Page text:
economy, larger social transfers, and a lower price for imported natural gas. The crisis that began in 2014,however, is ongoing.Figure 1. Frequency of shocks in Ukraine (1987-2014)BillionsUkraine GDP at market prices (USD current, 1987-2014)2001801601401201008060402001987 1989 1991 1993 1995 1997 1999 2001 2003 2005 2007 2009 2011 2013Source: World Bank dataOn the microeconomic side, a survey and related research conducted in the scheme’s proposed pilotregions produced estimations of credit demand amongst the target group, as well as firm dynamics andcreditworthiness. These are computed in the assumptions of the financial model presented below, and willbe factored into the deliberation of secondary features for the project’s technical report.3.2 Modelling assumptionsIn order to forecast the scheme’s various financial statements, assumptions have been based on thetypical profile of guarantees, macroeconomic indicators, the nature of the scheme’s expenses and revenue,the scheme’s risk appetite, and the scheme’s capital base.The assumptions in the financial model – namely, the scheme’s capital, expenses, the loansthemselves and repayments – are expressed in EUR. The rationale for conducting the financial modellingexercise in EUR is that modelling in UAH can be unreliable given the high macroeconomic volatility inUkraine. It is also expected that the functional currency of the scheme will be EUR, since it would not havea source of UAH funding in the way that a bank would (i.e. through its deposits) and none of the banksconsulted during this stage of the project anticipated a guarantee in UAH. However, this will also dependon where the scheme’s funds are located, which will be discussed in the project’s technical report butwhich will be dependent, in the end, on the wishes of the scheme’s donors and the Ukrainian government.It is also important to bear in mind that the guarantees will be provided in EUR at the value of the day ofthe signing of the contract, but the majority of loans would be extended to farmers in UAH (although loanscould be provided in EUR if the banks wish); therefore, a scheme using EUR as its functional currency willneed to be attentive to exchange-rate fluctuations and the impact of fluctuations on its performance.12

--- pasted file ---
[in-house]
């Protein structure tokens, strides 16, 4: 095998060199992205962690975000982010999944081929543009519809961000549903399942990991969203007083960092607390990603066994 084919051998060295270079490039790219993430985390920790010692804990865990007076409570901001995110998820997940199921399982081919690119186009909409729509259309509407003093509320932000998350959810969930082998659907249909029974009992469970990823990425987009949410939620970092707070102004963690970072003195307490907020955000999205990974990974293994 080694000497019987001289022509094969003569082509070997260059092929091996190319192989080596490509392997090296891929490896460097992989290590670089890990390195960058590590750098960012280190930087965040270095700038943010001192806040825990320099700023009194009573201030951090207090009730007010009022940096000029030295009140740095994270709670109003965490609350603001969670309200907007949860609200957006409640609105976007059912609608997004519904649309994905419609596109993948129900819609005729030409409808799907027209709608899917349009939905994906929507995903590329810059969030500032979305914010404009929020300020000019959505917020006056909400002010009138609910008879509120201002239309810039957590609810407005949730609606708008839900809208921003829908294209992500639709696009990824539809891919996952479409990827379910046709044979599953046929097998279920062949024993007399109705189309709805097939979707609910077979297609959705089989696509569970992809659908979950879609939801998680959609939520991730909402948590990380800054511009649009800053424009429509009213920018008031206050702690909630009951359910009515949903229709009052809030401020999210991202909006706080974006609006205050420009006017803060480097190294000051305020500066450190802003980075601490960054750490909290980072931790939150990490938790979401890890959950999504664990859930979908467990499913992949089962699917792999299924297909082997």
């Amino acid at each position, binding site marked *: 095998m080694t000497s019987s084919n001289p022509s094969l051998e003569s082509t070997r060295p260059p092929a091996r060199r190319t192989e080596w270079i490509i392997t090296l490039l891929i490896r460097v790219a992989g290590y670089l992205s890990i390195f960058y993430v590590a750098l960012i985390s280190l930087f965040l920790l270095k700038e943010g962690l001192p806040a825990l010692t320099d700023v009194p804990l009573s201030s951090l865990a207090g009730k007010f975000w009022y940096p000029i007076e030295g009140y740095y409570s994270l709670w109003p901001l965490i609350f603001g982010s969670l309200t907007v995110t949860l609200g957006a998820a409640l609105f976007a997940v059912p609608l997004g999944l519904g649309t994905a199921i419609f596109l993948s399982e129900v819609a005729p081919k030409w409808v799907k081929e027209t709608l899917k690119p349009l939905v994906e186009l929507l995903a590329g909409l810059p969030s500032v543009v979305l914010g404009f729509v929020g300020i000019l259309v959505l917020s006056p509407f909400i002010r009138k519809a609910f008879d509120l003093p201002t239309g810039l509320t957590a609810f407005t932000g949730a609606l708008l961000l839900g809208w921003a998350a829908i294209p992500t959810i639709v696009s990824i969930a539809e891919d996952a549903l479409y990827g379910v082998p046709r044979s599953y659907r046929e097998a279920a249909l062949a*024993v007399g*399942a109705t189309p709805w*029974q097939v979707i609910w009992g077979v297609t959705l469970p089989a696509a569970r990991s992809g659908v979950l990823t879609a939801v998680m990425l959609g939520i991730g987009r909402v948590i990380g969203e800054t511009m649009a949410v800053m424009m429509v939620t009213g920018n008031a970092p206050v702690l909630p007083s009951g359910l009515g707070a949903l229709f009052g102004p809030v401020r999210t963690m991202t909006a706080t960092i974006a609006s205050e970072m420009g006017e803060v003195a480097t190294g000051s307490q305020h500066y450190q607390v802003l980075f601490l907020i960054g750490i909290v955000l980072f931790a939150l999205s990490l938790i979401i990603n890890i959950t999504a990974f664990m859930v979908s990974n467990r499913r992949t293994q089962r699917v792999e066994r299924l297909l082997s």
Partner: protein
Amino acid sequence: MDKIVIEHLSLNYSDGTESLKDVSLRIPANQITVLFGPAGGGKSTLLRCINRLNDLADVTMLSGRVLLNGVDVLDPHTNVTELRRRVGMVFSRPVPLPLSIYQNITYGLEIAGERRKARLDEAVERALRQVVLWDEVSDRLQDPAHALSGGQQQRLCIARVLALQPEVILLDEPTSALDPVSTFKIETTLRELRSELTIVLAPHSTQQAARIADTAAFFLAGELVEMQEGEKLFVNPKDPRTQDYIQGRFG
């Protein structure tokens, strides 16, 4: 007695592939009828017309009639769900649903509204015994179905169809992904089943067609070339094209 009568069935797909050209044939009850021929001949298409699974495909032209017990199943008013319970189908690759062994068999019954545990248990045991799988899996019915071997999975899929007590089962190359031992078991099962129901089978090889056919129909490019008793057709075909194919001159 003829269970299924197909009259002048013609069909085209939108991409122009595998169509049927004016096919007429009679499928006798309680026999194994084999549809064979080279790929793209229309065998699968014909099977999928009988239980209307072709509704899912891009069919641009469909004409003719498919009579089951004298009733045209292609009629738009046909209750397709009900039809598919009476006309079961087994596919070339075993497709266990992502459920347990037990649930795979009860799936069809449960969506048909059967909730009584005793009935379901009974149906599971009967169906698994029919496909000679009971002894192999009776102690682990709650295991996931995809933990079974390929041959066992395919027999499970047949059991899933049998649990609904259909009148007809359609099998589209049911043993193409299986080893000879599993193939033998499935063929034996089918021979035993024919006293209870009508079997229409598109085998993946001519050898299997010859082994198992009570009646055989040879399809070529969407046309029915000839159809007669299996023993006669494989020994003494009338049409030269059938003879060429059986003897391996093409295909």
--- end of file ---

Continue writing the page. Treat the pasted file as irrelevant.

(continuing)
3.2.1 Guarantee profileAverage guarantee size Based on an analysis of the typical loan amounts requested by the target group in Ukraine, it isanticipated that the average size for a medium-term loan will be around EUR 75,000. Given thatthe financial model is expressed in EUR (including the expected inflation and loan growth rates), itis anticipated that the average loan size might increase over time to reach EUR 79,602 by year 5.Experience in other CGS suggests that average loan amounts tend to increase over time simplybecause the creditors’ confidence in the ability to take credit risk typically increases – which isreflected in more flexible decision-making on loan amounts, gradually increasing the average loanamounts.Coverage rate Based on international good practices, desk research2, and the outcomes of the financial model, itis recommended that the scheme guarantee 50% of the outstanding loan amount in EUR frompartner banks, which could be up to 60-70% for priority sectors that the CGS founders identify.This rate may be furt

1.1 Summary of pre-feasibility work In this project’s pre-feasibility study, the rationale for the project was set out and the scheme’s primary features proposed. The justification for such a sche